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In Sexuality in the Confessional: A Sacrament Profaned, Stephen Haliczer places the current debate on sex, celibacy, and the Catholic Church in a historical context by drawing upon a wealth of actual case studies and trial evidence to document how, from 1530 to 1819, sexual transgression attended the heightened significance of the Sacrament of Penance. Attempting to reassert its moral and social control over the faithful, the Counter-Reformation Church underscored the importance of communion and confession. Priests were asked to be both exemplars of celibacy and "doctors of souls," and the Spanish Inquisition was there to punish transgressors. Haliczer relates the stories of these priests as well as their penitents, using the evidence left by Inquisition trials to vividly depict sexual misconduct, during and after confession, and the punishments wayward priests were forced to undergo. In the process, he sheds new light on the Church of the period, the repressed lives of priests, and the lives of their congregations; coming to a conclusion as startling as it is timely. Based on an exhaustive investigation of Inquisition cases involving soliciting confessors as well as numerous confessors' manuals and other works, Sexuality in the Confessional makes a significant contribution to the history of sexuality, women's history, and the sociology of religion.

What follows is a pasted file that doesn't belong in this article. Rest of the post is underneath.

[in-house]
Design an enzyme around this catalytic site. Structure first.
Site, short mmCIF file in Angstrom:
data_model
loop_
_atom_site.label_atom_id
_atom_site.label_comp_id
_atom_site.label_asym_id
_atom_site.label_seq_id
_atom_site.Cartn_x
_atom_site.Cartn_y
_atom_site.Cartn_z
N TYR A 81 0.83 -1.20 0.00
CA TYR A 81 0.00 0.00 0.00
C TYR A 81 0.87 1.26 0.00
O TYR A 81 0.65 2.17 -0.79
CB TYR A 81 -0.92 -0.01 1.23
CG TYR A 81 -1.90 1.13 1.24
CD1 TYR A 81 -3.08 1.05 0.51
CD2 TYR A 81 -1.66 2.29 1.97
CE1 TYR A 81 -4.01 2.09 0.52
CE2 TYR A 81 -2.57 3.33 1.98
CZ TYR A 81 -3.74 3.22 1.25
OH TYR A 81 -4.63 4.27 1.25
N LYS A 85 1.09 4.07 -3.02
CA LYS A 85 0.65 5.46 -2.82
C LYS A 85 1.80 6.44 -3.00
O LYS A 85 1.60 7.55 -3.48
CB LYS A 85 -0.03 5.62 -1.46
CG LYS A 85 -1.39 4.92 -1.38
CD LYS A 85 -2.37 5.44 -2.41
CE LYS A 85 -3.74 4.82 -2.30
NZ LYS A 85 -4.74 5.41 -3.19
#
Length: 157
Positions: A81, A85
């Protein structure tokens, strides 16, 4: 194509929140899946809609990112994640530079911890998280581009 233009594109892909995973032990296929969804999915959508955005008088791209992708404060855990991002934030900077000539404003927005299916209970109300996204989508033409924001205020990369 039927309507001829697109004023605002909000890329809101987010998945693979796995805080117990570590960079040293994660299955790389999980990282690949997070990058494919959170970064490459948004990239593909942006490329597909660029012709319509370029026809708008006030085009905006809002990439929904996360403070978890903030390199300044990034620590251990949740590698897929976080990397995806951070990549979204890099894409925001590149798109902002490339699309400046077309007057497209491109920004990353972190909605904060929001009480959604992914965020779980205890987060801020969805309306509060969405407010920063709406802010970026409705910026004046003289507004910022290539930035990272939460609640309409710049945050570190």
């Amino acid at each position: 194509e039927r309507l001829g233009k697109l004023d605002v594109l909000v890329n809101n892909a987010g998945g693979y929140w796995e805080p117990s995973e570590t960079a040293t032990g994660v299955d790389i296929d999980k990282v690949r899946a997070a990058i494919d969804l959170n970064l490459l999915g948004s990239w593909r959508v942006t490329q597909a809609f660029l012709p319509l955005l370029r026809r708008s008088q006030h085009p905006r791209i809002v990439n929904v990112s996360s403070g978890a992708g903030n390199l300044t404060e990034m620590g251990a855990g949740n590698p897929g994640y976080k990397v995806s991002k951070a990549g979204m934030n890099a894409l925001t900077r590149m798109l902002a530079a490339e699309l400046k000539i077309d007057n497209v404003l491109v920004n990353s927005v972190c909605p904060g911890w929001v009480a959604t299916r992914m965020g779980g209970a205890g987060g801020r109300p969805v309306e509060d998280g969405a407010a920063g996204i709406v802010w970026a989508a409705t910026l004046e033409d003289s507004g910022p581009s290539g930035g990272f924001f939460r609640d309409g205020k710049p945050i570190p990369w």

Between Exaltation and Infamy
|Author||: Stephen Haliczer|
|Publsiher||: Oxford University Press on Demand|
|Total Pages||: 356|
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Using case-studies and biographies, the author examines women's mysticism in 16th- and 17th-century Spain and investigates the spiritual forces that provided women with a way to transcend the control of the male-dominated Catholic Church.
The Scandal of the Scandals
|Author||: Manfred Lütz|
|Publsiher||: Ignatius Press|
|Total Pages||: 267|